Thousands of dental hygiene faculty have taken part in workshops that have focused on educating providers who will be providing direct access to dental hygiene integrated into primary care systems, hospitals and schools. 

Dental Hygiene faculty are leaders in dental hygiene nationwide. They serve in various offices with dental hygiene associations, conduct the research and write the textbooks used in this transformation.

Chasing Trains

Have you ever had the feeling?

You are tripping down the stairs to catch the rush hour train. Sand crunches under your warm Friday afternoon sneakers as you navigate the bottom steps, weaving around the casually placed hipster undoubtedly standing in your path. The city is boiling with potential, and you are feeling it churn through you on this mad evening dash.

You could have left work just a few minutes earlier; a more responsible, less dramatic version of yourself would have. Yet, some part of you, after hours of clicking and clacking at your desk, yearned for the chase. The truth was you knew exactly what you were doing as you watched the time pass by on the corner of your screen.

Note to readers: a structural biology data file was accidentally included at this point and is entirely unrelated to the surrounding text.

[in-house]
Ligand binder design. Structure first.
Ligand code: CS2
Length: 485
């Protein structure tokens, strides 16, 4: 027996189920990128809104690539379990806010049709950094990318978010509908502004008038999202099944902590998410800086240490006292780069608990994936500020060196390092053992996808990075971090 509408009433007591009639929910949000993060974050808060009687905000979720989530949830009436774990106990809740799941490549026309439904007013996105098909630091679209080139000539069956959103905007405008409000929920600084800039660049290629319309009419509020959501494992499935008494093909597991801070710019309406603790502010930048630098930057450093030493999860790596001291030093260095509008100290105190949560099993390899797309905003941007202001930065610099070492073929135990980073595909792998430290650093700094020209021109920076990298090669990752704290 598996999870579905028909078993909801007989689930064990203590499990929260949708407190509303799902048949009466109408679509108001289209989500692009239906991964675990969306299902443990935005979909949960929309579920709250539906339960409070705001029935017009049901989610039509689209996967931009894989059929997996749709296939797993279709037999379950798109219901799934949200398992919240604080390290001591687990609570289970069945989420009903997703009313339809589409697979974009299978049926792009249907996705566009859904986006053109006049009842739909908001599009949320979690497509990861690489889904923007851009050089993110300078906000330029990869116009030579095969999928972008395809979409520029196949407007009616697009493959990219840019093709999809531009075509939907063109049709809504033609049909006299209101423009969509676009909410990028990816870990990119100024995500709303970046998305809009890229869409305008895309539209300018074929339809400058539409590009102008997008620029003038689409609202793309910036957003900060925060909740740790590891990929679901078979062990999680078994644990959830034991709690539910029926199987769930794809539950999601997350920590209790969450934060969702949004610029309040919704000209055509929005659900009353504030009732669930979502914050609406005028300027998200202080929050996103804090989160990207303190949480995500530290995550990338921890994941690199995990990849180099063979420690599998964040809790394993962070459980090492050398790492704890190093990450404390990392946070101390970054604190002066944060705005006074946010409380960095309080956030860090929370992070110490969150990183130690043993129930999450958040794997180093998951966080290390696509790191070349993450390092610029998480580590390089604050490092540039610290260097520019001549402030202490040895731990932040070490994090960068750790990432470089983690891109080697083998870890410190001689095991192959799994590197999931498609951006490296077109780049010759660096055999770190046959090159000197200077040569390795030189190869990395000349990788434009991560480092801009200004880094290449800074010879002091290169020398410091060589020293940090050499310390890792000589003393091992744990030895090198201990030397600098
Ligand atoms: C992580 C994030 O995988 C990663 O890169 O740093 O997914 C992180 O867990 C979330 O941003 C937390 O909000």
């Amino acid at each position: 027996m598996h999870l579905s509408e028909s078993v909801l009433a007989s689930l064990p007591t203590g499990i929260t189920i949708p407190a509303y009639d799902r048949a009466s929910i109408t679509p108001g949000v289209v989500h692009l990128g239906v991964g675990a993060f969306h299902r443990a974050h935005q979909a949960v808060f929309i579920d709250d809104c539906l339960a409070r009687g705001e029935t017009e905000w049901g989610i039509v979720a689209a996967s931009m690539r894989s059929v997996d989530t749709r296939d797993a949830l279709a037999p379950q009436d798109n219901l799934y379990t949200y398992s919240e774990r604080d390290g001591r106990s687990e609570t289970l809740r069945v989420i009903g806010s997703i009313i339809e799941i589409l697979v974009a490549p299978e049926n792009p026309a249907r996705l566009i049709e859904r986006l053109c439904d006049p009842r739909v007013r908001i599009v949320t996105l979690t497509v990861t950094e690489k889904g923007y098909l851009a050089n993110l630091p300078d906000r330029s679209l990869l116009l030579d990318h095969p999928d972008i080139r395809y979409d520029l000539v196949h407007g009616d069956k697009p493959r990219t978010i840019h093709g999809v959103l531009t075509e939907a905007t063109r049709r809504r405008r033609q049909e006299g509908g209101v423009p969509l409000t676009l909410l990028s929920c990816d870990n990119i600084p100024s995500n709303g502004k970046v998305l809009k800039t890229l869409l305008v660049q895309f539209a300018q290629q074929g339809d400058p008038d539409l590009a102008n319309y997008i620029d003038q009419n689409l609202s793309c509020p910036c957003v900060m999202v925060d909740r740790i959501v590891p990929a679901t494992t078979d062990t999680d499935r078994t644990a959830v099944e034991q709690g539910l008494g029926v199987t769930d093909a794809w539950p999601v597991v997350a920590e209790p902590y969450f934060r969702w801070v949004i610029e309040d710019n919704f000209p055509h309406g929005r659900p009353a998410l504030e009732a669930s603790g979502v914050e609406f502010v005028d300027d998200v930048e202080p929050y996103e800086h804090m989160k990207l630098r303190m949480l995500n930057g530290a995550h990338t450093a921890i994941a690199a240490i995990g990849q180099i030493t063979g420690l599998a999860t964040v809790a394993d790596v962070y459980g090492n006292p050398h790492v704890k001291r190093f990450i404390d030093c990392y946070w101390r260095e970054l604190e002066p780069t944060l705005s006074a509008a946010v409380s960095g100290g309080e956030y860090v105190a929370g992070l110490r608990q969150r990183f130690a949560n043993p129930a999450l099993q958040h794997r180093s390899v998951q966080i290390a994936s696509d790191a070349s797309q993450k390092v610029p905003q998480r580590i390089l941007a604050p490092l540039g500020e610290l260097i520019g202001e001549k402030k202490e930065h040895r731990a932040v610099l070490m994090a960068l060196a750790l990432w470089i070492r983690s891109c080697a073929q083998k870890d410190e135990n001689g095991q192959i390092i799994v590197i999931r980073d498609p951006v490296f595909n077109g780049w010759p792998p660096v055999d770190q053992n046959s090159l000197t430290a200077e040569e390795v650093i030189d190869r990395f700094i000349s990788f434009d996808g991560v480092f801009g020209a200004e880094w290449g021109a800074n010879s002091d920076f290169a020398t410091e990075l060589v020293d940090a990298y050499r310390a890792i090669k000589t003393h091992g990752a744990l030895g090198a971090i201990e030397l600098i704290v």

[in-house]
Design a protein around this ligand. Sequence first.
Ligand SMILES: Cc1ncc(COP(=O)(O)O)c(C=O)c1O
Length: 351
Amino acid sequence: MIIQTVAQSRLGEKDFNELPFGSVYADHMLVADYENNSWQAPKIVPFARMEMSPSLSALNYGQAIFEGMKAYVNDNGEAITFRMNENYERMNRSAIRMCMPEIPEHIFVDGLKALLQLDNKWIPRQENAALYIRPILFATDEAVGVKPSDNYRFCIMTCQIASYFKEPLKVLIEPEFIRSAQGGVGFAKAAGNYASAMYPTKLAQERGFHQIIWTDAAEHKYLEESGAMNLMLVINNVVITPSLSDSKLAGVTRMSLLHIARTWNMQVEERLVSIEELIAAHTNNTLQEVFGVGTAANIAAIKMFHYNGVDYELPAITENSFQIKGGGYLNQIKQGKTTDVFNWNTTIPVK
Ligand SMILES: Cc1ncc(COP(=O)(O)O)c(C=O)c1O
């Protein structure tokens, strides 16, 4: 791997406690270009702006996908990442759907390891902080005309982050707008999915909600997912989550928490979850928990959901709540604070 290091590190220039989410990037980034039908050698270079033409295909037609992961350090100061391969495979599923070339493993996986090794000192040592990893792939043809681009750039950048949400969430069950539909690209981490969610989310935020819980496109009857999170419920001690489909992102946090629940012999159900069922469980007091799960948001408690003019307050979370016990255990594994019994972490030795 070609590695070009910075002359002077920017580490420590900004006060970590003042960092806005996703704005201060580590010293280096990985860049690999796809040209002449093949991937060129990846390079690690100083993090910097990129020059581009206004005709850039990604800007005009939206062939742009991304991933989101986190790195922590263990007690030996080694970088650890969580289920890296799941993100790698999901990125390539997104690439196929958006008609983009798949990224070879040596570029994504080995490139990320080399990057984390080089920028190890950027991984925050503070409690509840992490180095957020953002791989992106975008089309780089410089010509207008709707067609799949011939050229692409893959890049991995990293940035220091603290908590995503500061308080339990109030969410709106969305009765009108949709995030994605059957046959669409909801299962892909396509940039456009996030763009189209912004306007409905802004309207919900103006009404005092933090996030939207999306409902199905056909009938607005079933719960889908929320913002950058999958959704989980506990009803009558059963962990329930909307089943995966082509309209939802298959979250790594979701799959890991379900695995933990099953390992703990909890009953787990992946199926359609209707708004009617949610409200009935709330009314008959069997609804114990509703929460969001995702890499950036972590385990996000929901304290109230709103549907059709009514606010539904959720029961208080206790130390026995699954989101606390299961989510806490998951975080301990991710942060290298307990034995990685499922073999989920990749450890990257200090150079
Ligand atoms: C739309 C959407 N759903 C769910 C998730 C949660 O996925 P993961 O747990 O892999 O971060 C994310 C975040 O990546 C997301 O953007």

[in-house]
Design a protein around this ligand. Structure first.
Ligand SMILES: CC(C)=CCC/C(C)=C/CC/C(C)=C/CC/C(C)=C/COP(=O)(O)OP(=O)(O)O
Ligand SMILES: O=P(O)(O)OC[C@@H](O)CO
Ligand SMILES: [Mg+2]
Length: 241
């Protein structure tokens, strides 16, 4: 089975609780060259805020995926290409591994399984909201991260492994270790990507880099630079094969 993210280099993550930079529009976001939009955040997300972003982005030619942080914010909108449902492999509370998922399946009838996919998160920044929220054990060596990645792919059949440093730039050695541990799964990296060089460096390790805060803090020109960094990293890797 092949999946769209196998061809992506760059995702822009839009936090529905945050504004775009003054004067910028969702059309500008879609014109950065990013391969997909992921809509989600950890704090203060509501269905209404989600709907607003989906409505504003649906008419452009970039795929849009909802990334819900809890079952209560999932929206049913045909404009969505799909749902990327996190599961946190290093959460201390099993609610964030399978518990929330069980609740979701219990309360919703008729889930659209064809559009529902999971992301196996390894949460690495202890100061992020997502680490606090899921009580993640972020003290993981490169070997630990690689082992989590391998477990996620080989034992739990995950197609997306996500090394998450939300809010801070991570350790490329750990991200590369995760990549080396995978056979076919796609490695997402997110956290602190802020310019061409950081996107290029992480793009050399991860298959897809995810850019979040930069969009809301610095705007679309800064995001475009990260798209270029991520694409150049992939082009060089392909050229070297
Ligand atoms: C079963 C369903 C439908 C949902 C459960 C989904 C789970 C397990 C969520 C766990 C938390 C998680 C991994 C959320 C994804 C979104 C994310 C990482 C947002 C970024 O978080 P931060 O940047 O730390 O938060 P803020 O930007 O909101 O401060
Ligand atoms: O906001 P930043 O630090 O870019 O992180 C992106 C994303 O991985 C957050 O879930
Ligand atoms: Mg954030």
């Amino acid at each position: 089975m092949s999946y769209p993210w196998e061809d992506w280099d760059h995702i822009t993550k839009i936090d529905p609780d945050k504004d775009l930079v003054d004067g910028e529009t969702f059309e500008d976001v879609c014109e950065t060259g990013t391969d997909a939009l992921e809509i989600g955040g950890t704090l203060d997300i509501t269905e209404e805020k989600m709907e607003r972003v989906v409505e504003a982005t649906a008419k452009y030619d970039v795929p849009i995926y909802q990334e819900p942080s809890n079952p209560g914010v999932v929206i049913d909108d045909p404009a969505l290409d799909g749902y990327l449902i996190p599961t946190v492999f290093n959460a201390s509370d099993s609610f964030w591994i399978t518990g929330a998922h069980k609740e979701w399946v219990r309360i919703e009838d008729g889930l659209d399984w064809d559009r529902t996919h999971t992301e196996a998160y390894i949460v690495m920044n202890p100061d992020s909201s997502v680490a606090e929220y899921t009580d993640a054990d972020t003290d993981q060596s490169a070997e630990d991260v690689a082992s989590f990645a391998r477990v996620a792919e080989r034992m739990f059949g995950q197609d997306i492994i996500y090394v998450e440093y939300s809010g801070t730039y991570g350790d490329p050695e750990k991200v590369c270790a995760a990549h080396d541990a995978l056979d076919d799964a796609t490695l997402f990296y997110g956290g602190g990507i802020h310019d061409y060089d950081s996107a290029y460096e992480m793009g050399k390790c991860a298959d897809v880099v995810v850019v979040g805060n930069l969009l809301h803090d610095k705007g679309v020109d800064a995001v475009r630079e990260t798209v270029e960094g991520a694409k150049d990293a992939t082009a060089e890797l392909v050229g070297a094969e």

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Chasing Trains

By Supreetha Gubbala, MD | PGY III Family Medicine Resident

Have you ever had the feeling?

You are tripping down the stairs to catch the rush hour train. Sand crunches under your warm Friday afternoon sneakers as you navigate the bottom steps, weaving around the casually placed hipster undoubtedly standing in your path. The city is boiling with potential, and you are feeling it churn through you on this mad evening dash.